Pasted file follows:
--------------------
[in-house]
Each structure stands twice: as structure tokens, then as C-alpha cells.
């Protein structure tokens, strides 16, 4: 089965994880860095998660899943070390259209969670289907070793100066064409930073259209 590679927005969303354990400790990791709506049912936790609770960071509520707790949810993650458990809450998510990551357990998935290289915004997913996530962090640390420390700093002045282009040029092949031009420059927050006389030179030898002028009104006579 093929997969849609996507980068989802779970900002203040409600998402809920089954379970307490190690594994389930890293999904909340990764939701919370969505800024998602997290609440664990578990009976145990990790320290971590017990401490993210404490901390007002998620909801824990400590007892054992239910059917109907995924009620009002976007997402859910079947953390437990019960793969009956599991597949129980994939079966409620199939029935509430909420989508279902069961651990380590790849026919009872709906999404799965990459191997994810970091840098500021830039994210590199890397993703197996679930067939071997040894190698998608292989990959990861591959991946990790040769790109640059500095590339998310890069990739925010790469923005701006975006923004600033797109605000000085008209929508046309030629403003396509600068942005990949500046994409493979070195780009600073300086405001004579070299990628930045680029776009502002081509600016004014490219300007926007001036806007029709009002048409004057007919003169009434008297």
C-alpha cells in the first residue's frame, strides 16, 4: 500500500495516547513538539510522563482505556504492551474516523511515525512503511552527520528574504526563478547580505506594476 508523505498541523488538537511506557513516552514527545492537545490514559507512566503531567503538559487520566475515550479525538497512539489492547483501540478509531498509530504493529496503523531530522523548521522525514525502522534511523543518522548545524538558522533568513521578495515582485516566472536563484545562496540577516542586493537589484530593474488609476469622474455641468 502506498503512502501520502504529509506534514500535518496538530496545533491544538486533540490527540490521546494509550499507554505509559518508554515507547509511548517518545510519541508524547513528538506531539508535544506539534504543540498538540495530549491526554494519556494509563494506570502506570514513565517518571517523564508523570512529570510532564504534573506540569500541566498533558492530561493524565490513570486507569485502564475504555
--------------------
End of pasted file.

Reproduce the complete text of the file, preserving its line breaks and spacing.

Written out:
[in-house]
Each structure stands twice: as structure tokens, then as C-alpha cells.
């Protein structure tokens, strides 16, 4: 089965994880860095998660899943070390259209969670289907070793100066064409930073259209 590679927005969303354990400790990791709506049912936790609770960071509520707790949810993650458990809450998510990551357990998935290289915004997913996530962090640390420390700093002045282009040029092949031009420059927050006389030179030898002028009104006579 093929997969849609996507980068989802779970900002203040409600998402809920089954379970307490190690594994389930890293999904909340990764939701919370969505800024998602997290609440664990578990009976145990990790320290971590017990401490993210404490901390007002998620909801824990400590007892054992239910059917109907995924009620009002976007997402859910079947953390437990019960793969009956599991597949129980994939079966409620199939029935509430909420989508279902069961651990380590790849026919009872709906999404799965990459191997994810970091840098500021830039994210590199890397993703197996679930067939071997040894190698998608292989990959990861591959991946990790040769790109640059500095590339998310890069990739925010790469923005701006975006923004600033797109605000000085008209929508046309030629403003396509600068942005990949500046994409493979070195780009600073300086405001004579070299990628930045680029776009502002081509600016004014490219300007926007001036806007029709009002048409004057007919003169009434008297």
C-alpha cells in the first residue's frame, strides 16, 4: 500500500495516547513538539510522563482505556504492551474516523511515525512503511552527520528574504526563478547580505506594476 508523505498541523488538537511506557513516552514527545492537545490514559507512566503531567503538559487520566475515550479525538497512539489492547483501540478509531498509530504493529496503523531530522523548521522525514525502522534511523543518522548545524538558522533568513521578495515582485516566472536563484545562496540577516542586493537589484530593474488609476469622474455641468 502506498503512502501520502504529509506534514500535518496538530496545533491544538486533540490527540490521546494509550499507554505509559518508554515507547509511548517518545510519541508524547513528538506531539508535544506539534504543540498538540495530549491526554494519556494509563494506570502506570514513565517518571517523564508523570512529570510532564504534573506540569500541566498533558492530561493524565490513570486507569485502564475504555